The rest of the poem follows below. It is for me a Solstice hymn. A cry for light and love at a darkest time. An unflinching look at darkness. Naming it. Let in the fear/ Let in the pain. That courage. What in our darkest days wants to come to birth. What in me on this 21st day of December wants to come into the light out of the dark and illuminate my coming days? What in you this day wants to come to life in you?

The whistling ghost behind the dyke,
The dead that rot in the mire,
Let in the thronging ancestors
The unfulfilled desire,
Let in the wraith of the dead earl,
Let in the unborn tonight.

Let in the cold,
Let in the wet,
Let in the loneliness,
Let in the quick,
let in the dead
Let in the unpeopled skies.

Oh how can virgin fingers weave
A covering for the void,
How can my fearful heart conceive
Gigantic solitude?
How can a house so small contain
A company so great?
Let in the dark,
Let in the dead,
let in your love tonight.

Let in the snow that numbs the grave,
Let in the acorn-tree
The mountain stream and mountain stone,
Let in the bitter sea.

Fearful is my virgin heart
And frail my virgin form,
And mist I then take pity on
The raging of the storm
That rose up from the great abyss
Before the earth was made,
That pours the stars in cataracts
And shakes the violent world?

Let in the fire,
Let in the power,
Let in the invading might.

Gentle must my fingers be
And pitiful my heart
Since I must bind in human form
A living power so great,
A living impulse great and wild
That cries about my house
With all the violence of desire
Desiring this my peace.

Pitiful my heart must hold
The lonely stars at rest
Have pity on the raven’s cry
The torrent and the eagle’s wing,
The icy water of the tarn
And on the biting blast.

Let in the wound,
Let in the pain,
Let in your child tonight.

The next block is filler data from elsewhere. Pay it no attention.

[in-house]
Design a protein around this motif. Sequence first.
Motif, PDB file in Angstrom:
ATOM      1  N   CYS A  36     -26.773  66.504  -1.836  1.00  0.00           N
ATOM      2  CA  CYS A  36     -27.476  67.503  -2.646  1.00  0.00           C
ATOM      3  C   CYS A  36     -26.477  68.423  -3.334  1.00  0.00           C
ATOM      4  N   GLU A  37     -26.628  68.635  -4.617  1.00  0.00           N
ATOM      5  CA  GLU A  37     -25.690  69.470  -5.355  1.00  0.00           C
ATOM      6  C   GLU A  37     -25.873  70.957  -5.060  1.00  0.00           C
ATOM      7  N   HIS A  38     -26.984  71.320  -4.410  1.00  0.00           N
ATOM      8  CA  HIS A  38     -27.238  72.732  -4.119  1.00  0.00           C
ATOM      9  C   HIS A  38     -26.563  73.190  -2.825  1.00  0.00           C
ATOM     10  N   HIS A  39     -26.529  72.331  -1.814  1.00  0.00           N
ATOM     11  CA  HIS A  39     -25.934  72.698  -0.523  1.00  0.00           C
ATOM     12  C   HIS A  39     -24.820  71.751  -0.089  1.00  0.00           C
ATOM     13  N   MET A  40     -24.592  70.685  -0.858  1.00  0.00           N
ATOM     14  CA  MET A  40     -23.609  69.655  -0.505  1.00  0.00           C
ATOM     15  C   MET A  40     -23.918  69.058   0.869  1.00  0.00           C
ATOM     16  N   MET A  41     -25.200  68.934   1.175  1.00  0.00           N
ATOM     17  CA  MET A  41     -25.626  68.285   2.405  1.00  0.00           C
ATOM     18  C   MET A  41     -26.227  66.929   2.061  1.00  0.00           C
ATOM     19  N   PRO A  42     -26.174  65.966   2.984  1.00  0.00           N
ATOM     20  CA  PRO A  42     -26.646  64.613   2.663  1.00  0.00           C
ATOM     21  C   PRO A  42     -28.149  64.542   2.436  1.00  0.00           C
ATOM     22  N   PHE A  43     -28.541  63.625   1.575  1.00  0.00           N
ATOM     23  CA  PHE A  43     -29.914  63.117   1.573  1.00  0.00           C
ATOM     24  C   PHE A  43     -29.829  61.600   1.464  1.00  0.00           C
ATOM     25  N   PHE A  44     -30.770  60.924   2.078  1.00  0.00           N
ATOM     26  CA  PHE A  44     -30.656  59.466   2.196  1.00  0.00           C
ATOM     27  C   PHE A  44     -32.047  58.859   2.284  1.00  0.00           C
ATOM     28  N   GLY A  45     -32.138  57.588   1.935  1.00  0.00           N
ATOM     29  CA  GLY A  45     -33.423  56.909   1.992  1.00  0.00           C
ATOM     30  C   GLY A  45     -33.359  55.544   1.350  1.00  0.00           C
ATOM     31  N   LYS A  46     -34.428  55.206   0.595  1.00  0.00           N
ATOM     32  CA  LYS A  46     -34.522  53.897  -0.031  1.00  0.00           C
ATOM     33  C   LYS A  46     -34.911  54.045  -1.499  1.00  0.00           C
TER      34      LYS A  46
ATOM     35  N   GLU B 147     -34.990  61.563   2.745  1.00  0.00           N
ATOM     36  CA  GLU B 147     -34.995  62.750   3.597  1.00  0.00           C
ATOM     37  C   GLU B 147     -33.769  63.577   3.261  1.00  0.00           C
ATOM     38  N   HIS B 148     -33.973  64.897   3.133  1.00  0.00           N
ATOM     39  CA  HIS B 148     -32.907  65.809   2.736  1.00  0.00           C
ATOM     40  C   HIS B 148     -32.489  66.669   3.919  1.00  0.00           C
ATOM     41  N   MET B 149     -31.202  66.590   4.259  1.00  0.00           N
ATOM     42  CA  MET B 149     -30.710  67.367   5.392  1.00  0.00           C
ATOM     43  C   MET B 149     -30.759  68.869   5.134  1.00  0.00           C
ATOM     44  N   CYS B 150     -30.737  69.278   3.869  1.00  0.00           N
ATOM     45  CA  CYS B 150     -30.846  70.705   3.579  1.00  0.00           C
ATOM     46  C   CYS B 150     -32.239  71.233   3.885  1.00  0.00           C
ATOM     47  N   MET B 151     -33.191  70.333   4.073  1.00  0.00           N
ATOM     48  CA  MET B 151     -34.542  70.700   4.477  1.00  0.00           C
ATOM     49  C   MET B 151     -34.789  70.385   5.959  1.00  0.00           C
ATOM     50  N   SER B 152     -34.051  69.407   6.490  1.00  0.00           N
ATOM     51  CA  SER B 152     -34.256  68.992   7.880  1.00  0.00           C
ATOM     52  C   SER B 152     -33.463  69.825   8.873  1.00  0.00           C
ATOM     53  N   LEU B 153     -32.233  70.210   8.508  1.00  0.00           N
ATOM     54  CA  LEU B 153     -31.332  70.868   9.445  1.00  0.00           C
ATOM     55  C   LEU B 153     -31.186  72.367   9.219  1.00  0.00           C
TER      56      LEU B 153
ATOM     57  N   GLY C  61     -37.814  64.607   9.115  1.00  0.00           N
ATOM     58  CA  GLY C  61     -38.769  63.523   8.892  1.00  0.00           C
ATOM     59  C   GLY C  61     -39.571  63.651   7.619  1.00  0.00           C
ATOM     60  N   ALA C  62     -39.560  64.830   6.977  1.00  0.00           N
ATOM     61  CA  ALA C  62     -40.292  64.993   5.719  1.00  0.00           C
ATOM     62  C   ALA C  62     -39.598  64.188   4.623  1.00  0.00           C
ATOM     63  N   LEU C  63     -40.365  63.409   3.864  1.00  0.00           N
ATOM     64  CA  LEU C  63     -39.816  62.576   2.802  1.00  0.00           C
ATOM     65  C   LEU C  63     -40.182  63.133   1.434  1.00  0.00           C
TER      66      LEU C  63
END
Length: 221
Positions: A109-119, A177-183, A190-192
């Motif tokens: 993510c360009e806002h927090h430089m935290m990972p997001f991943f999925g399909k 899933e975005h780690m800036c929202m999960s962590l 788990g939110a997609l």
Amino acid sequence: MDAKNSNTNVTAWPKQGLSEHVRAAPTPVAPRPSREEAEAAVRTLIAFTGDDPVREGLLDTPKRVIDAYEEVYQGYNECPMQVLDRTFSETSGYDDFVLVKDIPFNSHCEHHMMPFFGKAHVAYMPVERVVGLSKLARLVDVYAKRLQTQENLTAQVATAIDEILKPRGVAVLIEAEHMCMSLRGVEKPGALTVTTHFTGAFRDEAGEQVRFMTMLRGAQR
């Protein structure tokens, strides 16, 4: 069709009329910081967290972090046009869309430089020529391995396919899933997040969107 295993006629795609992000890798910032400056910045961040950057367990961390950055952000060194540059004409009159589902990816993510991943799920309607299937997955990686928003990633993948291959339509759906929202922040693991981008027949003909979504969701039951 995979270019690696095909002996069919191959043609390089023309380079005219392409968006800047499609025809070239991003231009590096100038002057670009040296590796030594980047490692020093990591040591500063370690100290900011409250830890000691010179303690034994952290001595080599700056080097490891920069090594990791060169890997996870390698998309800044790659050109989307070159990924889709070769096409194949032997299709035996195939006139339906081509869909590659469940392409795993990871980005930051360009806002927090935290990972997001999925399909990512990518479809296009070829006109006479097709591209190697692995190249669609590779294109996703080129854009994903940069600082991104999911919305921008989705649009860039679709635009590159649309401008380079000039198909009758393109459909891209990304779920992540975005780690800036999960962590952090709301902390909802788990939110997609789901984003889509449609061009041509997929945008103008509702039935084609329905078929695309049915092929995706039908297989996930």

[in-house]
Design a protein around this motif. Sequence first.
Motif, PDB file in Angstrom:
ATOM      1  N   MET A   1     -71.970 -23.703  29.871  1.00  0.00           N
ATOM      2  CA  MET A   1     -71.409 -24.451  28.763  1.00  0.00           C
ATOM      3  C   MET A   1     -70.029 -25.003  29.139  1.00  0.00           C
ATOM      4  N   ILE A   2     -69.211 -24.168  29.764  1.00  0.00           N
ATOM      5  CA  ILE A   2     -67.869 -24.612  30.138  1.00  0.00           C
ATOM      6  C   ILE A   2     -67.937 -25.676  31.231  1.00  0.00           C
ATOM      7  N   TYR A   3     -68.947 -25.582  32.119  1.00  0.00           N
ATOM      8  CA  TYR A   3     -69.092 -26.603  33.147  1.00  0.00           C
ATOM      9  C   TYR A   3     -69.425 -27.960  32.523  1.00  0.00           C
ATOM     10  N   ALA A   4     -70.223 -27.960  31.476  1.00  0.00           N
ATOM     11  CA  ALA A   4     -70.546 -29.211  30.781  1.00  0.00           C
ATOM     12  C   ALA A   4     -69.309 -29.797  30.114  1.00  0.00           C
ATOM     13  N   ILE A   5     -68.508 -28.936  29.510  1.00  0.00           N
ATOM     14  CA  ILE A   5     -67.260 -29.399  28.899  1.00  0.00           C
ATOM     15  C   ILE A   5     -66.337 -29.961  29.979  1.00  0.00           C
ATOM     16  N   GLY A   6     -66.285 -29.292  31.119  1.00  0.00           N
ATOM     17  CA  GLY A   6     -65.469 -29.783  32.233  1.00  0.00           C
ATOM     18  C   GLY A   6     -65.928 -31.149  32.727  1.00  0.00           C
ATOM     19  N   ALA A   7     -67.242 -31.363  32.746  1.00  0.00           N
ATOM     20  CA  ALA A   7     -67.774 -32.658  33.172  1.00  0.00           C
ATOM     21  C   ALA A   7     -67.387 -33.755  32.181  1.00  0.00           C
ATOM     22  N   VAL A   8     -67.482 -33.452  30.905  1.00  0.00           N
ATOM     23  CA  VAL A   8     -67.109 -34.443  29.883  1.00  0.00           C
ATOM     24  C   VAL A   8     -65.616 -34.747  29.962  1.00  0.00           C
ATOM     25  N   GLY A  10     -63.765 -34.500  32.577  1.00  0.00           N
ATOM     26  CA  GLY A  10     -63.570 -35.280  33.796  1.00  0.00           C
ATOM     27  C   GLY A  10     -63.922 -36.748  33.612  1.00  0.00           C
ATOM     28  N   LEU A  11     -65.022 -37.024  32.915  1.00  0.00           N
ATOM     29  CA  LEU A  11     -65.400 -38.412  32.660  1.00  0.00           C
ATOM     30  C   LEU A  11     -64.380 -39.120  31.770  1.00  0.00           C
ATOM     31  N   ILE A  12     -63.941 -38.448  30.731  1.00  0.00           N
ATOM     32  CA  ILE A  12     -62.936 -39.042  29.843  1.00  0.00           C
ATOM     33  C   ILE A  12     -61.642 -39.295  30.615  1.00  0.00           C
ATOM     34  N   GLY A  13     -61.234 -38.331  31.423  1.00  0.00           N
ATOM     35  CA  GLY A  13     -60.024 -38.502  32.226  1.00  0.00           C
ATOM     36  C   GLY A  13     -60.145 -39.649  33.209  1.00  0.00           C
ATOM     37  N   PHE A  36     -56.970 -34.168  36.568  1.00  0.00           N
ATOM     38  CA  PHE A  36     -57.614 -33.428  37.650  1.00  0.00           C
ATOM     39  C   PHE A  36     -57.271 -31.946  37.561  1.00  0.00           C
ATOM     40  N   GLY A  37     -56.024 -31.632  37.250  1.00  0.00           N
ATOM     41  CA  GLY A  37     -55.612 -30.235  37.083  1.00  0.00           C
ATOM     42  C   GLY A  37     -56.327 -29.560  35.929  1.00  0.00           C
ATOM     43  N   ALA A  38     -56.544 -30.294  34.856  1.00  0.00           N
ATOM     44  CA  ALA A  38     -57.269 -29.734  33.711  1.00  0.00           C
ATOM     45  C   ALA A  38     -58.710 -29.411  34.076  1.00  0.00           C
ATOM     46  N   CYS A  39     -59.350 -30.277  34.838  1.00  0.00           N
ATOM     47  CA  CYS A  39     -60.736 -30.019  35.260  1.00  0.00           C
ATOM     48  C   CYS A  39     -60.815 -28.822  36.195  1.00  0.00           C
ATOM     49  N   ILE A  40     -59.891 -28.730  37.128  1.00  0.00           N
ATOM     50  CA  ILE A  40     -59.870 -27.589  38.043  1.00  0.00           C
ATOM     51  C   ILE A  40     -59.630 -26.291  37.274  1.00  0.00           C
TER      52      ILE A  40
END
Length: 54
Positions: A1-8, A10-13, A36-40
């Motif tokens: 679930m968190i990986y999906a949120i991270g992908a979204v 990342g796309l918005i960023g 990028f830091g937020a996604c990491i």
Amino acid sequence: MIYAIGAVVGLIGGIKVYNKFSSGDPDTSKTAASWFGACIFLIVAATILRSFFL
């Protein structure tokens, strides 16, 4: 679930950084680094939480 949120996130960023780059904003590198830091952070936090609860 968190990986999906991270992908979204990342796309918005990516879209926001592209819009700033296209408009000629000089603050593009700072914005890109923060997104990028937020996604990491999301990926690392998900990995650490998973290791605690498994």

Kathleen Raine, ibid

Whatever your spiritual or religious leanings I invite you on this Solstice day to let in this poem. Its heart cry for life and love.  For your child whatever that is for you.

Let in the wound,
Let in the pain,
Let in your child tonight.

 

Gem of a Short Poem and a Hugely Long Blog Post – Thanks to British poet Don Paterson!!! And Canadian Novelist Guy Gavriel Kay! And Li Po and Du Fu!

T’ang Dynasty poet Du Fu

         The Poetry
         after Li Po

I found him wandering on the hill
one hot blue afternoon.
He looked as skinny as a nail,
as pale-skinned as the moon;

below the broad shade of his hat
his face was cut with rain.
Dear God, poor Du Fu, I thought:
It’s the poetry again.

Don Paterson (1963 – ) from Rain, Faber & Faber, 2009

Making more shelf space for poetry books, my Sisyphean task more often than I like to admit, I came across the small gem beauty of a poem by distinguished U.K. poet, editor and teacher, Don Paterson. It’s the poetry again. yes, yes and yes, again! To be that immersed in this singular passion! I am not. I am not!

Maybe a small poem but when you mention the two best known T’ang dynasty poets of the 8th C you have just blown the size of the poem up into something close to endless. And when I think of these two Chinese poets, especially Li Po, I think of characters who ate, slept, drank (and drank some more and then more) and breathed poetry. Their utter attention to their world, its beauty and its ugliness. So many moon references (that beauty) and so many war references (that ugliness).